Putting It Into Action
When everyone is fully focused and devoted to the intervention, find a place where there are no distractions or interruptions. The setting doesn’t have to be extremely structured for it to be effective, but it must be conducted in a serious manner and well-planned. Be sure that the addict doesn’t know what’s happening ahead of time or else they may purposely avoid it or refuse to participate. Finally, make sure they are not under the influence of drugs or alcohol while the intervention is going on. They need to be in a clear state of mind to understand the encounter.
Provide accurate and specific examples of how their addiction has negatively affected their own life and the lives of those around them. Many times, the haze of the high allows them to look past these negative consequences. However, if they are laid out on the table in front of them, they will often express regret and remorse, two feelings that are likely to lead to a lifestyle change.
Lay out a possible treatment plan for them. Demonstrate that you have given this a lot of thought, but don’t make it a hard and fast arrangement. If it’s set in stone, they are again likely to resist. But if given a possible outline, it allows them to personally mold it to their needs and preferences, making the choice to receive treatment more easily accepted.
Give them a soft ultimatum. If one starts off with hard threats, this isn’t likely to do anyone good. More likely than not, you’ll cause resentment and later go back on your word, sending mixed messages. They key is to show tough love, demonstrate that you care and yet be firm about what is acceptable and what is not.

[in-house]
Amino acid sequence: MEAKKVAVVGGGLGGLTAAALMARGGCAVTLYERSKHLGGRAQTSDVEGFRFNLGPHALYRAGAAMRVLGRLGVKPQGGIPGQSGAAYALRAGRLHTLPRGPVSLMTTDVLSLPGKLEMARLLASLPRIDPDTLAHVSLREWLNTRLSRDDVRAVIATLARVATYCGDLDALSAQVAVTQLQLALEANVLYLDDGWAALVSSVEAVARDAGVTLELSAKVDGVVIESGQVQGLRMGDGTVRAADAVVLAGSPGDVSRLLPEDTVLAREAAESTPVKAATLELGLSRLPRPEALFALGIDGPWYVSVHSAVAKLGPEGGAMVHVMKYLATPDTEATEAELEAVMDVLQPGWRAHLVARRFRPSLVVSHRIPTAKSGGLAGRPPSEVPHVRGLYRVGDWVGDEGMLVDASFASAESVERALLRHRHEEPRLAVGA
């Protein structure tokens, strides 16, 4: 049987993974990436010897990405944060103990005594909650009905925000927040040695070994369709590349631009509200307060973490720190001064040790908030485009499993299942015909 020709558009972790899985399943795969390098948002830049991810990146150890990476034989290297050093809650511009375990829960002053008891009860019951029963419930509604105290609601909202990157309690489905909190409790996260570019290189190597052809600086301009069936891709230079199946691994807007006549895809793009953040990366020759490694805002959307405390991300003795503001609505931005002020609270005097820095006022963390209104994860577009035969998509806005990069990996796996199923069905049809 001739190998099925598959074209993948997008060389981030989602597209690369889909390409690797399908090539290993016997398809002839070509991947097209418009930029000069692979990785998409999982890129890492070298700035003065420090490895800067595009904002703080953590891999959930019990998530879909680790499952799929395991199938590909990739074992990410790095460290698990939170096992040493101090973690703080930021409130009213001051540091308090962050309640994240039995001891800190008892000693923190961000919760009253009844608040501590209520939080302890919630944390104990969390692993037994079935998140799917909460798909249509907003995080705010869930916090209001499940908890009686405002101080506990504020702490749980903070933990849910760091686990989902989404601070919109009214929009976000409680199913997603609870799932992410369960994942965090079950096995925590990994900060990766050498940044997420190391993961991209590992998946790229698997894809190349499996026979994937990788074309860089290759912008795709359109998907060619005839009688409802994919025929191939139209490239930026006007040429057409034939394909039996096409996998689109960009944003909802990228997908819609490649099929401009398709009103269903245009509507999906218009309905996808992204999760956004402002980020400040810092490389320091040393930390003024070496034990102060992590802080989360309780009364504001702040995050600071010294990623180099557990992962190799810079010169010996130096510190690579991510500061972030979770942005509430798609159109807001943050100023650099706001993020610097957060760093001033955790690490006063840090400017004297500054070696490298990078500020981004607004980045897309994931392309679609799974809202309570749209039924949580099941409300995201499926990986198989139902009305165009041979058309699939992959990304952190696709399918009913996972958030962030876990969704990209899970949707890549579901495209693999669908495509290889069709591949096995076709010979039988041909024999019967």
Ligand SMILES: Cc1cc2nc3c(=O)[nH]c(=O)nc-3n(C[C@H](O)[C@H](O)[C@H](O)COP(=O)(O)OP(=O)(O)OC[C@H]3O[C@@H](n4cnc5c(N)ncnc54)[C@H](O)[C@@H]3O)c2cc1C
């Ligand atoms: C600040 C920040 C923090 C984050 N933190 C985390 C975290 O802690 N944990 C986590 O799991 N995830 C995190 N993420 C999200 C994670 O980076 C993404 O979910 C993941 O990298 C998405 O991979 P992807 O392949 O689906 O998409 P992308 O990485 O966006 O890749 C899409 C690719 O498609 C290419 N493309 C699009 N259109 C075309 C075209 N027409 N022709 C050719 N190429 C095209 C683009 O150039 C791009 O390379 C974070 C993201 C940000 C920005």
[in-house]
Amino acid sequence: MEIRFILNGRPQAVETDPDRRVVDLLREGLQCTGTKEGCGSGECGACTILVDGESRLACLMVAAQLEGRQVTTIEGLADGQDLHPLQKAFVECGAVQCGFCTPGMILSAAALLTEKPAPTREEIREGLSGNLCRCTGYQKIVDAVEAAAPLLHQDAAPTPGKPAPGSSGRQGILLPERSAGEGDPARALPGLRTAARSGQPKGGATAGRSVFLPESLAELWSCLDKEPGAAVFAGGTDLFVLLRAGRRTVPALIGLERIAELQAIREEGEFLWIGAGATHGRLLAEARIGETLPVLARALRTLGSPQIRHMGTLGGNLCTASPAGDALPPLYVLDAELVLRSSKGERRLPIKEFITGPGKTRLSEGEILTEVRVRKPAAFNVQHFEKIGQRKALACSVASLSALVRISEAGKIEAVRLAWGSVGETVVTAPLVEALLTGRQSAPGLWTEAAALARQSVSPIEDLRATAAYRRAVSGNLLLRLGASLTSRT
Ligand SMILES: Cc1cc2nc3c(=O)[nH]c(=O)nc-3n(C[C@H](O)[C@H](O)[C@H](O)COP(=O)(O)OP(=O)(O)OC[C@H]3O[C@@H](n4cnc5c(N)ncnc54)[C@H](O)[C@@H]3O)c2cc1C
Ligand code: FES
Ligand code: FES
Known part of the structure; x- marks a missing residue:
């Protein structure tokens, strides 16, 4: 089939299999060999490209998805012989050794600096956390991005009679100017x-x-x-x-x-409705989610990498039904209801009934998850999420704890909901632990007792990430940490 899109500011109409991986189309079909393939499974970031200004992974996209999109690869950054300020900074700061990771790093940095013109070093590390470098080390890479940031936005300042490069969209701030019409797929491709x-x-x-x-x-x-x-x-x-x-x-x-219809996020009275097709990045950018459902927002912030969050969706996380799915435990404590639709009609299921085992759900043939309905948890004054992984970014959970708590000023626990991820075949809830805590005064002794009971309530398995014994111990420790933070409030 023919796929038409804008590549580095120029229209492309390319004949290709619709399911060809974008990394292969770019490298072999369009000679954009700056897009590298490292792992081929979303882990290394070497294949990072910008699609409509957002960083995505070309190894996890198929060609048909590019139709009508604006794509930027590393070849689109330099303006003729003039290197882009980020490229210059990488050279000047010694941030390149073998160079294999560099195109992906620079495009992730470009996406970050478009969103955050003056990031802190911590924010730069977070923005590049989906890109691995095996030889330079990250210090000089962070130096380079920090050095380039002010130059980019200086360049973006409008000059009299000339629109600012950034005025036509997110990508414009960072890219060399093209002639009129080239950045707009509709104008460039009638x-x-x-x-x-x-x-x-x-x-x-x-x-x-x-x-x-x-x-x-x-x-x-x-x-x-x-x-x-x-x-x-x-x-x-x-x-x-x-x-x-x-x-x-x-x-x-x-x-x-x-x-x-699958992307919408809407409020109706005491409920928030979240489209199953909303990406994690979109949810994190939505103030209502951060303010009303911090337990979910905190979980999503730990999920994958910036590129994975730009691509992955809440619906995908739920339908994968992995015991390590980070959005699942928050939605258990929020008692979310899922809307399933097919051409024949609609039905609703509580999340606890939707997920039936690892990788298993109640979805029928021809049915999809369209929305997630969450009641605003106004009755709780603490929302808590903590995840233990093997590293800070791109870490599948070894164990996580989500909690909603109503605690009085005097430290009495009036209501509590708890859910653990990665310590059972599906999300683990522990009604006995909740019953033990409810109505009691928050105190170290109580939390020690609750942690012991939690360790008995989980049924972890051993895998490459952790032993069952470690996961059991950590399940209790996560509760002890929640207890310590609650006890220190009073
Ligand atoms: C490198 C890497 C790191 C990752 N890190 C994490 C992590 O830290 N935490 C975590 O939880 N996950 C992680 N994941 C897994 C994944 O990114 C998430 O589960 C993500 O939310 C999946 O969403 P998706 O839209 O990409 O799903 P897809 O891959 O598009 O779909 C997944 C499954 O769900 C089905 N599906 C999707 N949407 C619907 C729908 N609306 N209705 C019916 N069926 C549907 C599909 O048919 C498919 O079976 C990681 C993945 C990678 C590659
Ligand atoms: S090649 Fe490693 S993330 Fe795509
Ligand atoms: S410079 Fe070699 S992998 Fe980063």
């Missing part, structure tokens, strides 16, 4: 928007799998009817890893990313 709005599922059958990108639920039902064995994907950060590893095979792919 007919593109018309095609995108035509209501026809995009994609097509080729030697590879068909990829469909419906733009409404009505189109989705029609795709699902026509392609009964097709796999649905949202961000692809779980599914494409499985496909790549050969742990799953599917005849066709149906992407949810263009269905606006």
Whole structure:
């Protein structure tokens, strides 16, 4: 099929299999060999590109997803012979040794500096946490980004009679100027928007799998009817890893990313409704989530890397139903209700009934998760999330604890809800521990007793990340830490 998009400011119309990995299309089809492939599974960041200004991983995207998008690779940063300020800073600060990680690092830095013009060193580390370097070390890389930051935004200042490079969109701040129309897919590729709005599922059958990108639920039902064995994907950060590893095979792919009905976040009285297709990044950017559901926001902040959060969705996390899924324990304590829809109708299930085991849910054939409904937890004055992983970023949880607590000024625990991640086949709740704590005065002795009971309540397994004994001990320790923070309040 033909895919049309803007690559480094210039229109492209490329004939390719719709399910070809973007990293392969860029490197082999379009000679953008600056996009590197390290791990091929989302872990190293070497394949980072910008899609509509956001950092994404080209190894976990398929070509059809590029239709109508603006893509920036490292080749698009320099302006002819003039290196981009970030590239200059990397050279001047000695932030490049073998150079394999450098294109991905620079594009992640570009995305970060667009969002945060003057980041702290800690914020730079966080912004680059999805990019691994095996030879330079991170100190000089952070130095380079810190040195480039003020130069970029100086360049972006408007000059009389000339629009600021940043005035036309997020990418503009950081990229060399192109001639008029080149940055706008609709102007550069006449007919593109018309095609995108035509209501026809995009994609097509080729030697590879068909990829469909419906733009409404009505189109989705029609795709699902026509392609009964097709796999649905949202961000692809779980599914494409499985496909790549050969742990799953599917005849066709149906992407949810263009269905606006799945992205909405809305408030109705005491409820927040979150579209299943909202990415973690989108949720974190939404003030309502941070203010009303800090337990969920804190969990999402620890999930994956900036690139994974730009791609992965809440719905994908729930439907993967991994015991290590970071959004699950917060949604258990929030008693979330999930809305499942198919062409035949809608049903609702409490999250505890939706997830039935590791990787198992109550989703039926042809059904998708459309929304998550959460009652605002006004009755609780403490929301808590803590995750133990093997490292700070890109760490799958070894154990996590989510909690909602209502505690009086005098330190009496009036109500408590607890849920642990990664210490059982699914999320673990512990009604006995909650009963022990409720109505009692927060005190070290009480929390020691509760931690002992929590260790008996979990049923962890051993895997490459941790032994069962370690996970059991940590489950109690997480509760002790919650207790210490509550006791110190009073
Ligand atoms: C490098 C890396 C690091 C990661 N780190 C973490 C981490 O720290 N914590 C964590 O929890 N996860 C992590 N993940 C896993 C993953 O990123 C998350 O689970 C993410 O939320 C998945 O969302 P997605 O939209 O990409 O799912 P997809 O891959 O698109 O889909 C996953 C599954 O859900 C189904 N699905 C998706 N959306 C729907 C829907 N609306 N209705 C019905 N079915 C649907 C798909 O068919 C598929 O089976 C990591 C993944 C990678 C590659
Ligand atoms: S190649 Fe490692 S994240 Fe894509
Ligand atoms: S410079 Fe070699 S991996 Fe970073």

- Bad Example: I will never see or talk to you again if you continue to do drugs/alcohol.
- Good Example: I will no longer support this habit. I will only spend extended periods of time around you when you are sober.
Finally, allow the addict to leave if they choose to. An intervention is a powerful thing. They may feel overwhelmed by the confrontation, and to fully process it, they may need some time alone. It’s okay if they get up and go in the next room or outside. Allow them their space, but also let them know that you are there for them when they need you. Do not bar the door or keep them from leaving. If they feel caged and stuck, they are likely to lash out and see this as a coup against them, making them less likely to seek help.
Get Professional Help at DrugRehab.Org
Now that you have the basics of an intervention at your fingertips, you are ready to begin planning your own for your loved one. Contact us today with your questions about different types of treatment so that you can begin formulating your game plan.
For More Information Related to “How To Stage An Intervention” Be Sure To Check Out These Additional Resources From DrugRehab.org:
- How Much Does a Drug and/or Alcohol Intervention Cost?
- Common Street Names For Illegal Drugs
- How Do I Get My Loved One Into Rehab?
- Environmental Risk Factors for Developing an Addiction
- Breaking the Cycle of Addiction through Family Intervention
- How To Get Someone Court-Ordered Drug Treatment
- Paying For Drug Rehab With Insurance | Coverage & Treatment
- Effective Drug Rehab Centers & Successful Treatment
- Scholarships And Grants To Cover Costs Of Drug Rehabilitation